'No Accident': Conservative Pastor Says His Prayer Responsible for Ruth Bader Ginsburg's Death

Conservative Texas pastor Robert Henderson of Waco's Radiant Church said Sunday that Ruth Bader Ginsburg died because he prayed for it to happen, according to reporting and video from Right Wing Watch.

Ginsburg passed away Friday at the age of 87 after a battle with pancreatic cancer. During her tenure on the U.S. Supreme Court, Ginsburg was an outspoken advocate of women's rights including the right to have an abortion. Henderson claimed that Ginsburg represented a "lion spirit" within the court system that God wanted to be removed, Right Wing Watch's video showed.

Henderson said he told a meeting of Washington, D.C. evangelicals that they
"'need to ask for a judgment against the lion that has actually been devouring and intends to devour from the Supreme Court. We need to get a judgment against this lion that Paul said God shut the mouth of.' So, I led us into that place."

"Well, guess what?" Henderson continued. "Ruth Bader Ginsburg has passed away. President [Donald] Trump will establish a new Supreme Court justice. That's no accident."

Henderson said that allowing abortion in the U.S. was allowing demons to make their presence known. "It's not just about the babies," Henderson said, "it's about a blood altar that is inviting demonic powers."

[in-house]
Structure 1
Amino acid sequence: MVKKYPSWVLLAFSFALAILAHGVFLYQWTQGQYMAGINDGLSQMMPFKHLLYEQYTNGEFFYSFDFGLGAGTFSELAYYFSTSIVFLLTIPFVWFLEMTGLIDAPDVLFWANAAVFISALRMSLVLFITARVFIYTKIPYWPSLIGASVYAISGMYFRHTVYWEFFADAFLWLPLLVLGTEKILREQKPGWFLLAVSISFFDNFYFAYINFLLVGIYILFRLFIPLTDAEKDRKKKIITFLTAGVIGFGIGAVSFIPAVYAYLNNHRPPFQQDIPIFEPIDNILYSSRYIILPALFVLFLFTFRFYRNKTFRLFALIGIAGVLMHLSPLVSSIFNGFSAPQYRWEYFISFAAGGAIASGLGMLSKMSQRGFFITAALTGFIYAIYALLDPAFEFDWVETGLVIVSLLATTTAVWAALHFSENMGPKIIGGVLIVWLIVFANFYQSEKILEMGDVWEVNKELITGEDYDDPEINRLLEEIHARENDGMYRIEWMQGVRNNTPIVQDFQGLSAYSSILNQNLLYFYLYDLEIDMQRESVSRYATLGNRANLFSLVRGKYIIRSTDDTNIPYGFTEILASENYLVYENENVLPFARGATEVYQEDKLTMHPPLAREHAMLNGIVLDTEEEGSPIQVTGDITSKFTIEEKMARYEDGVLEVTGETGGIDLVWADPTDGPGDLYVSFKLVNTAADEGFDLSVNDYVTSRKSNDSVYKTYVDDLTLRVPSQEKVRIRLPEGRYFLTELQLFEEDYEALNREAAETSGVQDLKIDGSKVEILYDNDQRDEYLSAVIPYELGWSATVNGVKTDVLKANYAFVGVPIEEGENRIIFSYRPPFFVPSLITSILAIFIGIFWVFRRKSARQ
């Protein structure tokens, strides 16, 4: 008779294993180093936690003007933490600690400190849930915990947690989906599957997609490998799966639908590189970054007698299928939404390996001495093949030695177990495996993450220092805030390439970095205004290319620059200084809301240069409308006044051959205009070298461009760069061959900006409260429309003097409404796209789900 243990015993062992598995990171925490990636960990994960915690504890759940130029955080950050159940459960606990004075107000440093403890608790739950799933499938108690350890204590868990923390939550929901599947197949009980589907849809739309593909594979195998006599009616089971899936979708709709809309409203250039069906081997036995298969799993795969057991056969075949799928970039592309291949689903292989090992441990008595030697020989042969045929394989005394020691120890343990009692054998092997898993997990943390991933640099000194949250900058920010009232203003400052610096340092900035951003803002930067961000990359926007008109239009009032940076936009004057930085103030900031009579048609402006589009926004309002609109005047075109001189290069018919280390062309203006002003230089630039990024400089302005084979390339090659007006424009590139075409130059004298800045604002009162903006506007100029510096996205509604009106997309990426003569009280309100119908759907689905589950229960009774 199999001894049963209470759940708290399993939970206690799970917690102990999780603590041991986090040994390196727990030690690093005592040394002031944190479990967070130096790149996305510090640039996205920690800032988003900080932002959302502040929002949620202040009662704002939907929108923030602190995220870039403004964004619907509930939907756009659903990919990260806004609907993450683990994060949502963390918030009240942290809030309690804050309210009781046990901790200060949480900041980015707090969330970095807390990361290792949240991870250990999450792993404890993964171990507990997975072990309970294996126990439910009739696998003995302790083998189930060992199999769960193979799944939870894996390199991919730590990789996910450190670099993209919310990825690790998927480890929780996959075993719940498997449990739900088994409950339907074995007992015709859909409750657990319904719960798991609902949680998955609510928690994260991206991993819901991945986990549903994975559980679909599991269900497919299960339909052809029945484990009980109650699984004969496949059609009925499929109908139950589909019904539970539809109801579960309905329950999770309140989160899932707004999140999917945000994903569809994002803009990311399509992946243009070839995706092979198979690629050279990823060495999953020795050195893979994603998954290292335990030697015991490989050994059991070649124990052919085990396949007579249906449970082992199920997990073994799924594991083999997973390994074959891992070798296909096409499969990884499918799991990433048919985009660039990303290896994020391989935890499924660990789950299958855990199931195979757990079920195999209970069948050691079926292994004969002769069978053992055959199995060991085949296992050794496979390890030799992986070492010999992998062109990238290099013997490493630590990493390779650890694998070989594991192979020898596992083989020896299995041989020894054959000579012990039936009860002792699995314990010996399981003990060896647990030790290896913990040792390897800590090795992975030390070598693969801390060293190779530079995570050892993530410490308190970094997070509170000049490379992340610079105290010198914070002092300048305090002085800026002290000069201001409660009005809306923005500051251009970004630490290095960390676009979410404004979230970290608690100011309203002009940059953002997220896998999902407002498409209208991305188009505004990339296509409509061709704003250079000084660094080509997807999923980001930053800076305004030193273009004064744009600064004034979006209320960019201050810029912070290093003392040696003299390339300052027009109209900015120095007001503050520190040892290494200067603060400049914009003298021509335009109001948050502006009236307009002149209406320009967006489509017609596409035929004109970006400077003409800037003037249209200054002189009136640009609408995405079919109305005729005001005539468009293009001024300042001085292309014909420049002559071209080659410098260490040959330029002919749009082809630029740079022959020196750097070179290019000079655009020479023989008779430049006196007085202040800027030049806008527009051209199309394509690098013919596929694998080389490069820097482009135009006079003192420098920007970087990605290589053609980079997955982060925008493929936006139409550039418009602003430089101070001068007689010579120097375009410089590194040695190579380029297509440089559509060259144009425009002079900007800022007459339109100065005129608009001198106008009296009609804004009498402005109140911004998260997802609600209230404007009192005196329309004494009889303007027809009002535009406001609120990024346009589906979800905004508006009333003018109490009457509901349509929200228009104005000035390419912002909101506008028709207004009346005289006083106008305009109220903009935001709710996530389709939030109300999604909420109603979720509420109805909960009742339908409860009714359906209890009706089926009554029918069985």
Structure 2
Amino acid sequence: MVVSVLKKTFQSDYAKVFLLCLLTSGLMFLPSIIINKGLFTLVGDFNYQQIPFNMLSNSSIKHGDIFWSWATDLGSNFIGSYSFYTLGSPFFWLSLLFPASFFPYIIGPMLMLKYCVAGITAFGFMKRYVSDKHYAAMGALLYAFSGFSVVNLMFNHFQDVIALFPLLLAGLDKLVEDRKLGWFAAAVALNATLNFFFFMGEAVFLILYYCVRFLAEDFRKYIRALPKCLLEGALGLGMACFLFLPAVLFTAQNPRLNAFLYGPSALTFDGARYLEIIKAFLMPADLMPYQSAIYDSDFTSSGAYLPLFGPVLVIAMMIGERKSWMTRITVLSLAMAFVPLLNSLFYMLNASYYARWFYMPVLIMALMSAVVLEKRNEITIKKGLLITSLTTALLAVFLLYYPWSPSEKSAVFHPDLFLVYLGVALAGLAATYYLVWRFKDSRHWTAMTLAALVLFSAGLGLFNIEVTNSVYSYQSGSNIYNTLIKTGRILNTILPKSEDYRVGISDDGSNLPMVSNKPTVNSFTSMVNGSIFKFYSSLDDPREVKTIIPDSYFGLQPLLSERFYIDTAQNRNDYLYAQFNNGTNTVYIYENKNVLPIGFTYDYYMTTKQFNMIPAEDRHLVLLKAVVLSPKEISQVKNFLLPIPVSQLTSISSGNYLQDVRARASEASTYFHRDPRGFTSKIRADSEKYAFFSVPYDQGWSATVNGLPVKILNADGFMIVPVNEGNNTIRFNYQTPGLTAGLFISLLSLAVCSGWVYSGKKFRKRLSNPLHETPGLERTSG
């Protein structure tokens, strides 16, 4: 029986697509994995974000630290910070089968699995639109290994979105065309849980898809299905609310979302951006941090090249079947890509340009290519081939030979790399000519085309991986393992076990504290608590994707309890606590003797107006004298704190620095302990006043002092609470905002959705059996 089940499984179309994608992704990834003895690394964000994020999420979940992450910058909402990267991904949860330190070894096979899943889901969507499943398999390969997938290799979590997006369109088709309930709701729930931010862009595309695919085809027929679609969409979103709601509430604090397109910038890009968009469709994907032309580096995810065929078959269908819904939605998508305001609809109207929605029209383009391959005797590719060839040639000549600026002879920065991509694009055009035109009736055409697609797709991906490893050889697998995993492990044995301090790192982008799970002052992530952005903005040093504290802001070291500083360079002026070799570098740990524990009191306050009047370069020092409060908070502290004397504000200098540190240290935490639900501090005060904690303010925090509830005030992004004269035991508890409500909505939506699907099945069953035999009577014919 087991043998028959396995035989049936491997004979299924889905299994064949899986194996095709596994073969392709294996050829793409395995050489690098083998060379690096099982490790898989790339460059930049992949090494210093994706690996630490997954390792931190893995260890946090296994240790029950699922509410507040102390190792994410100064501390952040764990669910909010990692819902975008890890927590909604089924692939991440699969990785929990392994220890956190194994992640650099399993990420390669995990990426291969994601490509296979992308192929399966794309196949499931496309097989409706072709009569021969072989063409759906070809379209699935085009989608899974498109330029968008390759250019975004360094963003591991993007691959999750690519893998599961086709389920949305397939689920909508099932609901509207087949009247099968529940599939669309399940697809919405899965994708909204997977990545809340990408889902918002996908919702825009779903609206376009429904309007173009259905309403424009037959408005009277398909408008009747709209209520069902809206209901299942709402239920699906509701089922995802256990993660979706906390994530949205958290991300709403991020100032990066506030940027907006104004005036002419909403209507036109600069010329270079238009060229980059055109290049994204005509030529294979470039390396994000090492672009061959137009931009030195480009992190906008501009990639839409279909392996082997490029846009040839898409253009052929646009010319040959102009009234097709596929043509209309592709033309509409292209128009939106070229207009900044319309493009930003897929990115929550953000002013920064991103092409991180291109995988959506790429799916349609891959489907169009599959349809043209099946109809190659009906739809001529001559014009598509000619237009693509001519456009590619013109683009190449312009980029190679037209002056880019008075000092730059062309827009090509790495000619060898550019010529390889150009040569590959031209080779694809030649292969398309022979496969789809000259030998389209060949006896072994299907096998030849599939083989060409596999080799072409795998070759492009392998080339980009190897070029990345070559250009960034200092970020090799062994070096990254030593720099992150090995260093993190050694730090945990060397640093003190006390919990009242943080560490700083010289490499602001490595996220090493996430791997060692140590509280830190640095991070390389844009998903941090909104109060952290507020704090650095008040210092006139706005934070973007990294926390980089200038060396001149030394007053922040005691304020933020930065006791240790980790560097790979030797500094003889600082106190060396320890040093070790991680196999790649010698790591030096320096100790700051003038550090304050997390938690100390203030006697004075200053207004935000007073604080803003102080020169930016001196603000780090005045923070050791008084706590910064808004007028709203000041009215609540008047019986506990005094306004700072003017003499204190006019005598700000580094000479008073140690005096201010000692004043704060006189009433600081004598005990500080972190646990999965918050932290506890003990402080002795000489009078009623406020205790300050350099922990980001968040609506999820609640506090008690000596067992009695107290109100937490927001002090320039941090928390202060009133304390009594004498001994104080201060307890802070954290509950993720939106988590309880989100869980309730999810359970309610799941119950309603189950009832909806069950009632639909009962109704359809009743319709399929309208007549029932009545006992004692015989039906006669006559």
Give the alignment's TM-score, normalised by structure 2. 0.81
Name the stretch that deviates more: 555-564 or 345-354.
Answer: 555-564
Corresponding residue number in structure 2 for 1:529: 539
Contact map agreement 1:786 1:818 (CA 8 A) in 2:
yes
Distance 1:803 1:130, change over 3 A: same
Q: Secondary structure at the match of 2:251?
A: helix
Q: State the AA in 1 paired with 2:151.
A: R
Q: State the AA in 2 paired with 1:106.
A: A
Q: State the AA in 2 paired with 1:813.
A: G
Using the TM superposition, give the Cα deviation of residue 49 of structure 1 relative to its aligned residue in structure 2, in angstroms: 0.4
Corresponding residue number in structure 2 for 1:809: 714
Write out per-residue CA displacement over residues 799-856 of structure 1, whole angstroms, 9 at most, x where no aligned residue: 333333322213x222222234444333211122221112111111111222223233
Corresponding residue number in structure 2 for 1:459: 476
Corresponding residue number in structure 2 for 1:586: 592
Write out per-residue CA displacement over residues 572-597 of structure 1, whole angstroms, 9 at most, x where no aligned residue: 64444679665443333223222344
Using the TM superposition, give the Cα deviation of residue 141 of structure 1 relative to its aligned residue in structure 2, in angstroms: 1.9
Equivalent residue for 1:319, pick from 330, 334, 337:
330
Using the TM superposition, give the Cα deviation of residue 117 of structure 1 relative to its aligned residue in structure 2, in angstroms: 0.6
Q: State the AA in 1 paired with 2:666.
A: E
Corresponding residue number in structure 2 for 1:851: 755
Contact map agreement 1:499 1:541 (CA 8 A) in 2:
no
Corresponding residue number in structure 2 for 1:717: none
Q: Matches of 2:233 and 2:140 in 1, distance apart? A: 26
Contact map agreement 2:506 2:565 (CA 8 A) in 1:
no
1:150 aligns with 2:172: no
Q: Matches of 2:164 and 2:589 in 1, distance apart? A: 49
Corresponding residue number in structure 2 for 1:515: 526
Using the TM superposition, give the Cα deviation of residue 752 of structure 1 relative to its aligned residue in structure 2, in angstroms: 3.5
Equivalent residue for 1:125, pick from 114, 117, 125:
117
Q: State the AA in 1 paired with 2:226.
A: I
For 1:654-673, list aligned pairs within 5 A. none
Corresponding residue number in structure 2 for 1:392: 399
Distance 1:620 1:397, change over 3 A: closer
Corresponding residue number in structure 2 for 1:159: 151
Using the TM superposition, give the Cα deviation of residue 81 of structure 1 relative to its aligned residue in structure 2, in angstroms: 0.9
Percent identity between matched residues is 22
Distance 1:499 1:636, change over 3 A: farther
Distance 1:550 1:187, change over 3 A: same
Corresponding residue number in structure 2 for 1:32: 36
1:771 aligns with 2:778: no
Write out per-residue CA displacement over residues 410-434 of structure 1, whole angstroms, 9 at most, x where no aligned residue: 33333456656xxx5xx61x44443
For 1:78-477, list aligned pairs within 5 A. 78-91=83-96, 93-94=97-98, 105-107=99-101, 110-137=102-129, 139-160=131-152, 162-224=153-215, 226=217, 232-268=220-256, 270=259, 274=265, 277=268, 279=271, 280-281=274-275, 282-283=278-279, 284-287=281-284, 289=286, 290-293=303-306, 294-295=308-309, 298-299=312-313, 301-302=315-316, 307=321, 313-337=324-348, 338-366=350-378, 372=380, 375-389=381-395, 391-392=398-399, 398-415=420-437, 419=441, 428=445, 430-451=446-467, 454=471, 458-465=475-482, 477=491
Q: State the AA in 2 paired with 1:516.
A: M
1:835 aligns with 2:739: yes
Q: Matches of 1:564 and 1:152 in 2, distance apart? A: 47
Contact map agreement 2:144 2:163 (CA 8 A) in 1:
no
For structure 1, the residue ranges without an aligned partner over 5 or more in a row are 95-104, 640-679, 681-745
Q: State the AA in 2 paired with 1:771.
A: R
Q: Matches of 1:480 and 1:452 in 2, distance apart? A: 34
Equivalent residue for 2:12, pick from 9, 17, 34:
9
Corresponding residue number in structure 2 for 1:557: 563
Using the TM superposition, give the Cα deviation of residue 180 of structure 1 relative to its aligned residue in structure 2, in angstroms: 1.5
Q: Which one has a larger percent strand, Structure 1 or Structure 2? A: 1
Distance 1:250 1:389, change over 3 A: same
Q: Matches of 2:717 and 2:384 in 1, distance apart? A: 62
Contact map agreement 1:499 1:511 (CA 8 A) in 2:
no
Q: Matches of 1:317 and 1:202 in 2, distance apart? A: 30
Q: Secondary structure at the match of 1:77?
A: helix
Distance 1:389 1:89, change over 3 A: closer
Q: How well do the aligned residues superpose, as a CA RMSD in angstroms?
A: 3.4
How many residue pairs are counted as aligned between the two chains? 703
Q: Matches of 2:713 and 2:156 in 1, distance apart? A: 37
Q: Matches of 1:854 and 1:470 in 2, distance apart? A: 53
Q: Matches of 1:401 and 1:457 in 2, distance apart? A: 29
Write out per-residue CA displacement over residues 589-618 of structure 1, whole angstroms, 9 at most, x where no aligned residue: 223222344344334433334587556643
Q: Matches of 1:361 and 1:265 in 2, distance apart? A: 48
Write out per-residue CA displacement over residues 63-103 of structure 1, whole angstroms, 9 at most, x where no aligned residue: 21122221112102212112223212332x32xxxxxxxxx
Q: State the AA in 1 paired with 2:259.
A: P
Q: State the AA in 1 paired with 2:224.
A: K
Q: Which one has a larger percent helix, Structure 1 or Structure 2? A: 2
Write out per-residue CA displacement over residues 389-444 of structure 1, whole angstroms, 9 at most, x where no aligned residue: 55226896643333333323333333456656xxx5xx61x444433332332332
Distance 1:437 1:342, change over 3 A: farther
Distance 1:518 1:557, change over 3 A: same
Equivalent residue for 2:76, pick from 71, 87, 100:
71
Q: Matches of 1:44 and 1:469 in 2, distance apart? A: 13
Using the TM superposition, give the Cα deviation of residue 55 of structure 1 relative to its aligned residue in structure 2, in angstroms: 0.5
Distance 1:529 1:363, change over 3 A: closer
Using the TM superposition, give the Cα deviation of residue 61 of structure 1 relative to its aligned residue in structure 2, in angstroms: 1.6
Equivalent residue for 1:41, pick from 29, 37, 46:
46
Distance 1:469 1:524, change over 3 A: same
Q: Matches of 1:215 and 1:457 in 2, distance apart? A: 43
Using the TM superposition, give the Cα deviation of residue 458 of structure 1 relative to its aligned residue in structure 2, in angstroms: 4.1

Newsweek reached out to Radiant Church for comment.

ruth bader ginsburg
Texas pastor Robert Henderson said on Sunday that the death of Ruth Bader Ginsburg was a direct answer to his prayers. Ginsburg died Friday at 87. Mark Wilson/Getty

Henderson has been a longtime supporter of President Trump. In January, Henderson claimed that Trump spoke to him on the phone during a prophetic dream. During that conversation, President Trump asked Henderson to serve as his "running mate."

"I knew he wasn't asking me to be his vice president," Henderson said during an interview with televangelist Jim Bakker. "But I knew that God was asking me to run in the spirit with him."

While Ginsburg's passing was mourned by many, some pro-life lawmakers viewed her death as a victory for their cause. On Friday, Georgia Republican Representative Doug Collins tweeted, "RIP to the more than 30 million babies that have been murdered during the decades that Ruth Bader Ginsburg defended pro-abortion laws. With @realDonald Trump nominating a replacement that values human life, generations of unborn children have a chance to live."

Some Republicans are hoping that President Trump's next appointee to the U.S. Supreme Court will be instrumental in overturning the 1973 Roe v. Wade decision which allowed women legal access to abortions. Democratic Massachusetts Senator Elizabeth Warren said Monday that Democrats should wait until after the election to fill Ginsburg's vacant seat.

"This is about women's health care," Warren told Rachel Maddow on MSNBC. "This is about women's ability to make a decision over their own bodies."

President Trump promised his next nominee for the Supreme Court would be a woman whose name he would "probably" announce on Saturday.

Correction: This story has been updated to say that the video and reporting came from Right Wing Watch.

Correction 10/15/2020 1:45 PM: The headline has been corrected to fix a typo in Ruth Bader Ginsburg's last name.